You don’t hear much about data in the Brexit debates, but, for the government, it’s a crucial factor in the UK’s ongoing relationship with the EU.
In her Mansion House address in March, Theresa May made it one of her five tests for a future trading relationship.
“The free flow of data is also critical for both sides in any modern trading relationship,” she said, announcing her determination to secure a deal that keeps data flowing after the UK leaves the EU.
Back then, the UK was determined to have its own special deal, which went far beyond the standard arrangement known in the jargon as data adequacy.
Since that time, horizons have narrowed.
In Mrs May’s deal, the EU has committed to grant the UK adequacy status by the end of 2020 “if the applicable conditions are met”.
The government was so proud of this achievement, it made it the second item in its political declaration on 22 November 2018.
The trouble – as the wording suggests – is that the UK is dependent on the EU’s assessment of its data protection and data security practices.
That’s why, when I asked Jeremy Wright, Secretary of State for Digital, Culture, Media and Sport, about the arrangement, he couldn’t give a guarantee.
“We are waiting for their assessment but we have every reason to expect that we will be found adequate,” he told me.
Mr Wright was visiting a co-working space, attempting to reassure the tech sector that the prime minister’s Brexit deal answered their concerns.
“On some of the most important concerns that businesses in the tech sector have got this deal answers those,” he said.
“I think people are starting to recognise that that’s reassuring and the alternatives are far, far worse.”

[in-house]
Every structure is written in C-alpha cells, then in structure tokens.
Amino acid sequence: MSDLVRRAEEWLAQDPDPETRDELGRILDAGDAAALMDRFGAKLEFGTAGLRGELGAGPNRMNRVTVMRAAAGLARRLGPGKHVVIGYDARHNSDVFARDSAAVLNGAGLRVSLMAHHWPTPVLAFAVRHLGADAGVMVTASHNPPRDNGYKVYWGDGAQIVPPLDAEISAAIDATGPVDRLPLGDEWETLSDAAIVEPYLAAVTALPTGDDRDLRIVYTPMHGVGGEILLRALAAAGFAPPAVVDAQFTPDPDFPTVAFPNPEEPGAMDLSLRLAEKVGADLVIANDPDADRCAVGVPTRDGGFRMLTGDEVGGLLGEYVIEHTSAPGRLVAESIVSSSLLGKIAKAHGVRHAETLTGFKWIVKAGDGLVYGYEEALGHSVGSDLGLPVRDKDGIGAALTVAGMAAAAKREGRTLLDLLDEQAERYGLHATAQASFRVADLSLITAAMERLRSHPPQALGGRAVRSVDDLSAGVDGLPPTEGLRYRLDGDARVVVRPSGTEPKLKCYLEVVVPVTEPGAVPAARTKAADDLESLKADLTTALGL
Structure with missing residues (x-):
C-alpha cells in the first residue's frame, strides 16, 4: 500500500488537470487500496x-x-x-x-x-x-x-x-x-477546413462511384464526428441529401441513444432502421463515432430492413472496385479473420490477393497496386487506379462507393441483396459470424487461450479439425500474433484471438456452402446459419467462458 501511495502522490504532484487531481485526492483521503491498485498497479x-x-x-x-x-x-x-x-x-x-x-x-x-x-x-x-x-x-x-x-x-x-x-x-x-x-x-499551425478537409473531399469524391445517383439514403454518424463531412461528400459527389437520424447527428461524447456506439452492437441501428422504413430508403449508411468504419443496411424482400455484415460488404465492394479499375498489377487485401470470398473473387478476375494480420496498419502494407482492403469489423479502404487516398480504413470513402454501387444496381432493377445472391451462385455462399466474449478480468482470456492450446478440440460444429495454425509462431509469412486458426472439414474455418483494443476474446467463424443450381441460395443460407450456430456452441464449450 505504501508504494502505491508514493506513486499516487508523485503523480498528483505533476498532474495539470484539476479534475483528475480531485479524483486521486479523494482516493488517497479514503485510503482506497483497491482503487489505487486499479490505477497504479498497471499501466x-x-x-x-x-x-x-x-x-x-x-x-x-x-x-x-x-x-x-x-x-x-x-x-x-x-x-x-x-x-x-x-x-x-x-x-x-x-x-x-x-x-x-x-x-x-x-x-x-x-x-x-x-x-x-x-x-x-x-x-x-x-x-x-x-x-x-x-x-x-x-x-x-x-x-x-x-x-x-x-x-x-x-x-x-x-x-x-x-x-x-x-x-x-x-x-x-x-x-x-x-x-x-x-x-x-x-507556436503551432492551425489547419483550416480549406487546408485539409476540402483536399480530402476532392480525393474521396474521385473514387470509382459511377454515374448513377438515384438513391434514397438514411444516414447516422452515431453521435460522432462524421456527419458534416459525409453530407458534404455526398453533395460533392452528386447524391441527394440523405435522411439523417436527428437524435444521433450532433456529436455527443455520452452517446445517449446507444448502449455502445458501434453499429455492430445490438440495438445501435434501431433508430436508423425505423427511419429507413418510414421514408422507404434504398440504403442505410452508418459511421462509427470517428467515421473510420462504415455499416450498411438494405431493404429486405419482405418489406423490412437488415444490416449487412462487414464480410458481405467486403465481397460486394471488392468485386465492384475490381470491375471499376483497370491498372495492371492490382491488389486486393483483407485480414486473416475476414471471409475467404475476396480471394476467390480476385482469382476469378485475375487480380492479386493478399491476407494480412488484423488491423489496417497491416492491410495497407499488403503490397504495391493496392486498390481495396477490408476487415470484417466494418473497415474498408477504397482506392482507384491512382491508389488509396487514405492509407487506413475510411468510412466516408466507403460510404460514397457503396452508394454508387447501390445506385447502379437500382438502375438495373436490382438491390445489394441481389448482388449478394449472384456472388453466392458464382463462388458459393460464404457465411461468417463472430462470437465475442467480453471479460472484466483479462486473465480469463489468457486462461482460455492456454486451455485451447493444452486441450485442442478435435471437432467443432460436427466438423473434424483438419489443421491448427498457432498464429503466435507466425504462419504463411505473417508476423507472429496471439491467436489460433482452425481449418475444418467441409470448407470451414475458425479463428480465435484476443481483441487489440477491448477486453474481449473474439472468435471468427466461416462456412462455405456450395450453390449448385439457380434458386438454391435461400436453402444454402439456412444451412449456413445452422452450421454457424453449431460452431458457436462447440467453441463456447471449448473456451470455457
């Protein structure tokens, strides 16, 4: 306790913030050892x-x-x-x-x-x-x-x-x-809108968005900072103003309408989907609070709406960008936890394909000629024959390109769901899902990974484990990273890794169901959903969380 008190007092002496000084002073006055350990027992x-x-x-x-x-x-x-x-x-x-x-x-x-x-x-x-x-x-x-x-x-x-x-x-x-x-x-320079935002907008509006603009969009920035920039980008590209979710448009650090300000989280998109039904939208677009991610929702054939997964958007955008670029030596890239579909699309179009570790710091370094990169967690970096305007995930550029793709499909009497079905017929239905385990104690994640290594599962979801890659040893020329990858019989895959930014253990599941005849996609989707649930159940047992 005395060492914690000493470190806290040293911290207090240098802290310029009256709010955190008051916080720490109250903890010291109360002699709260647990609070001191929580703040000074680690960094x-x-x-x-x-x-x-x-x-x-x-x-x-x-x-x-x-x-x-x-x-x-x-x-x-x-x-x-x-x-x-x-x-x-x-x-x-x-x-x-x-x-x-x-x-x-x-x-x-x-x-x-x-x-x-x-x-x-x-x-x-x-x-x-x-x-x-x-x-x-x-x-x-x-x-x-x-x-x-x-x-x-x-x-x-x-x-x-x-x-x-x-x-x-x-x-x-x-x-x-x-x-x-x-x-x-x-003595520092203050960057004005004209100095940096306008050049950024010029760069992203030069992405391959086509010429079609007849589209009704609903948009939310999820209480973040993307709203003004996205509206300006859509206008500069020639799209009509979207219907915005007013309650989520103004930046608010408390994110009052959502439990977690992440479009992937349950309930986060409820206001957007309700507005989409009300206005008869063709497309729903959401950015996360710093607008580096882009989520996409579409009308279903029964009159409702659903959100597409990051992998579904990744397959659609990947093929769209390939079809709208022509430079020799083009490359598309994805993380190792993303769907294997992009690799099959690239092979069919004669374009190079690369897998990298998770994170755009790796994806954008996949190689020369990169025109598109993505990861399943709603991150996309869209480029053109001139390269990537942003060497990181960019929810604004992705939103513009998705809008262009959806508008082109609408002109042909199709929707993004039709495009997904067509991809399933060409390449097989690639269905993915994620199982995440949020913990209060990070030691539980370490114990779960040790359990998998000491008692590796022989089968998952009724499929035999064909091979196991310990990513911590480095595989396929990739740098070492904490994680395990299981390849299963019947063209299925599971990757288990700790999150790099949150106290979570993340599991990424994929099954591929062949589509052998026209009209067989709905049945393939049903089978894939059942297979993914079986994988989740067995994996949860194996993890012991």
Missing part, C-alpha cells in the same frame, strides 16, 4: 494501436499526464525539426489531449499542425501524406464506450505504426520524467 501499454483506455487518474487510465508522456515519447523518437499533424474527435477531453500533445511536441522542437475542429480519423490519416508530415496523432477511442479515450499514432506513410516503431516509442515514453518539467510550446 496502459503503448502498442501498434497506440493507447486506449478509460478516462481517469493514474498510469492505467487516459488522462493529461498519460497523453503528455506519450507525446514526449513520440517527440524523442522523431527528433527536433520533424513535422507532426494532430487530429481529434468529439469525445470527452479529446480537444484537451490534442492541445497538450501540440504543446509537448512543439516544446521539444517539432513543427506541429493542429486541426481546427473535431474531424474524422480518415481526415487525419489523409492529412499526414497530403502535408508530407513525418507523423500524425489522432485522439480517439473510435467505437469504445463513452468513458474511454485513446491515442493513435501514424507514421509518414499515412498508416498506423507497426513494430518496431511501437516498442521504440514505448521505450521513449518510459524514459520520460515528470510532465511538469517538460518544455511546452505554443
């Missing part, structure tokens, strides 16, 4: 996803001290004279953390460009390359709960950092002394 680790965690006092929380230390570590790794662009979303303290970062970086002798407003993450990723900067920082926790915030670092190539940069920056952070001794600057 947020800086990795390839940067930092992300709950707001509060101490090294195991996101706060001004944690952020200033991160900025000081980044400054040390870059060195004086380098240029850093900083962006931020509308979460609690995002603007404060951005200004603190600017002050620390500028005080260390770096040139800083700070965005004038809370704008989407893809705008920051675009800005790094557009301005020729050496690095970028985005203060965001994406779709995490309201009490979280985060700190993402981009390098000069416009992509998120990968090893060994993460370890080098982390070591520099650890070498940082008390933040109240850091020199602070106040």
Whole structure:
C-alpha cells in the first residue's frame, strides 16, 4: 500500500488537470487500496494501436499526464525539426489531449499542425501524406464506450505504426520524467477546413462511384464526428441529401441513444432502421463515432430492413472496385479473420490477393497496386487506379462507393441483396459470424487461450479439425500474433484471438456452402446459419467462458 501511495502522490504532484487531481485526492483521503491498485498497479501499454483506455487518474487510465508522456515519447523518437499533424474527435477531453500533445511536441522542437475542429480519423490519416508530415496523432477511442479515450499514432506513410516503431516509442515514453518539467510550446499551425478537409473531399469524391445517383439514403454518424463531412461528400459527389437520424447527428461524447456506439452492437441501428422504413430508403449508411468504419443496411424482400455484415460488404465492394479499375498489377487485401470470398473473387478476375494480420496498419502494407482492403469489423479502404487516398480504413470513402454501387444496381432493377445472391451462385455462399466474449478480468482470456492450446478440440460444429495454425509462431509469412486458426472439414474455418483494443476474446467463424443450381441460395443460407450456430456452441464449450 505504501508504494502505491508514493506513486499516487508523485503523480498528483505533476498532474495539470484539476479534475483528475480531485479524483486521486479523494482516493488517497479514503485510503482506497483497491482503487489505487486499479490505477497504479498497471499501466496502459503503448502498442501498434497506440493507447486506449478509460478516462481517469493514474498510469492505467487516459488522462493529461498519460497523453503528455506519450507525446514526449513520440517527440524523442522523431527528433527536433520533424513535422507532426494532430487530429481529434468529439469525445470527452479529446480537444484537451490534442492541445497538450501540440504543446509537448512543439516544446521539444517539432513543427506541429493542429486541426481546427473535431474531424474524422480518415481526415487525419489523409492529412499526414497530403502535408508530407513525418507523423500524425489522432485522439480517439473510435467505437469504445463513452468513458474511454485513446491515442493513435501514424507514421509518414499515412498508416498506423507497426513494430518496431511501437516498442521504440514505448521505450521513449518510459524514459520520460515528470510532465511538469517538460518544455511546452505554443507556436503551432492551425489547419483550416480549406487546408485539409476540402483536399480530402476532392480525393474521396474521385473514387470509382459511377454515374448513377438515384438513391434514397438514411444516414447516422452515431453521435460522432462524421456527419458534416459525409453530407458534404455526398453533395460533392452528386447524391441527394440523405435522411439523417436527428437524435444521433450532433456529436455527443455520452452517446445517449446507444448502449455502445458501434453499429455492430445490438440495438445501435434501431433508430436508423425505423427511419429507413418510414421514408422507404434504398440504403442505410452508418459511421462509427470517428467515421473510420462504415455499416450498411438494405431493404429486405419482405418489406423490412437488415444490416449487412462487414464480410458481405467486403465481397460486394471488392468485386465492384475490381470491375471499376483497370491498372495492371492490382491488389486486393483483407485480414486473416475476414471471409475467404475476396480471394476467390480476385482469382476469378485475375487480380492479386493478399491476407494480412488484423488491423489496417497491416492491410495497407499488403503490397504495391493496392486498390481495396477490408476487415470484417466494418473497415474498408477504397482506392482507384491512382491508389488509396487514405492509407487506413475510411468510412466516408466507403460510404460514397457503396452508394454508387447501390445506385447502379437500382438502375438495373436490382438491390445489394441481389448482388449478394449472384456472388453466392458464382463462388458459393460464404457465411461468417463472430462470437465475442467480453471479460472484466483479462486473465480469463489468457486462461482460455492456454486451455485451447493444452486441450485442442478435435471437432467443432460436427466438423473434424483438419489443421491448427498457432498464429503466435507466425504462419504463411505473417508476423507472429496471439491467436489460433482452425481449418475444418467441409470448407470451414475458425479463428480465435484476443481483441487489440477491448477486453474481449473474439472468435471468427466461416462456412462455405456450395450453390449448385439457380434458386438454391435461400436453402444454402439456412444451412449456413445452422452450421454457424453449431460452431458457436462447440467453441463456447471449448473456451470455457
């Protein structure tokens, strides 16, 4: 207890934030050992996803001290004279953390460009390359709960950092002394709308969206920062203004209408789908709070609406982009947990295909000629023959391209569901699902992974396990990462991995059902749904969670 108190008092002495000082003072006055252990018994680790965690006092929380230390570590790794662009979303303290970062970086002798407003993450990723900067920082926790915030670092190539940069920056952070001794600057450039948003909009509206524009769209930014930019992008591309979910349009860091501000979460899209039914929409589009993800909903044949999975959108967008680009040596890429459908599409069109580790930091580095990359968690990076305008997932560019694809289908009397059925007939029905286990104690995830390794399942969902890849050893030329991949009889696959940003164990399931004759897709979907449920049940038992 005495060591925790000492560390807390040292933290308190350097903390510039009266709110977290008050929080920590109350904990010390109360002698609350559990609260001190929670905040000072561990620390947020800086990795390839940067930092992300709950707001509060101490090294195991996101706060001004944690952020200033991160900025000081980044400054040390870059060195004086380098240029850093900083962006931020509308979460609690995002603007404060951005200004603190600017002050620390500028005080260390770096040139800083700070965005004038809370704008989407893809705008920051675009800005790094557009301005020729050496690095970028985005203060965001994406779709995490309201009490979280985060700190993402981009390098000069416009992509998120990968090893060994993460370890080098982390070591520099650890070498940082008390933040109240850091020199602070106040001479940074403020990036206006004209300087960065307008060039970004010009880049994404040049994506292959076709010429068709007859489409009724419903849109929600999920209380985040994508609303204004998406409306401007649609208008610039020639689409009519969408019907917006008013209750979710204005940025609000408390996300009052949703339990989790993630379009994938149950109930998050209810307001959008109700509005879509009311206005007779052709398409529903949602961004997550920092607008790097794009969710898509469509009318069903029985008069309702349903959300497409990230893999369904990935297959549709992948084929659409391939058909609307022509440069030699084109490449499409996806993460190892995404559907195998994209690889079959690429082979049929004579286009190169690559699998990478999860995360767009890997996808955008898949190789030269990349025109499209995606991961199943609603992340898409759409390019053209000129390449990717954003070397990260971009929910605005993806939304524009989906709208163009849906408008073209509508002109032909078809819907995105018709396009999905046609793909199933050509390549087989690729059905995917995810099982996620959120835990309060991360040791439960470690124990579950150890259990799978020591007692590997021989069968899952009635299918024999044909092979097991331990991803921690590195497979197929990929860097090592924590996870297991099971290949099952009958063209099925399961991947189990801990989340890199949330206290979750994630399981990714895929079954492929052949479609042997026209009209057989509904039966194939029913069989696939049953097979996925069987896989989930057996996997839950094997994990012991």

It was a tough crowd for Mr Wright. This week, almost 2,500 tech investors and entrepreneurs signed a Best for Britain and Tech for UK letter calling for a People’s Vote – including the CEO of the co-working space Mr Wright was visiting.
“There are some people who want to see if we can reverse the decision, because obviously that would be ideal, and they should push for it,” Natasha Guerra told me.
The Tech for UK letter is part of a growing movement within the tech sector, placing itself in opposition to the dominant lobby group, TechUK.
“Anyone claiming out there that they’re the voice of tech aren’t,” said Reshma Sohoni, co-founder of Seedcamp. “They might be the voice of IT, or big companies, but it’s not tech.”
Could the newly-awakened movement succeed? With nine in 10 startups dying before they ever get funding, the entrepreneurs say they’re used to impossible odds.
“That’s what startups do, try and break things,” Ms Guerra said.
That is, if Brexit doesn’t break the tech scene first.
One thing’s for sure: after years of dodging political controversies, the Brexit culture wars have come to tech.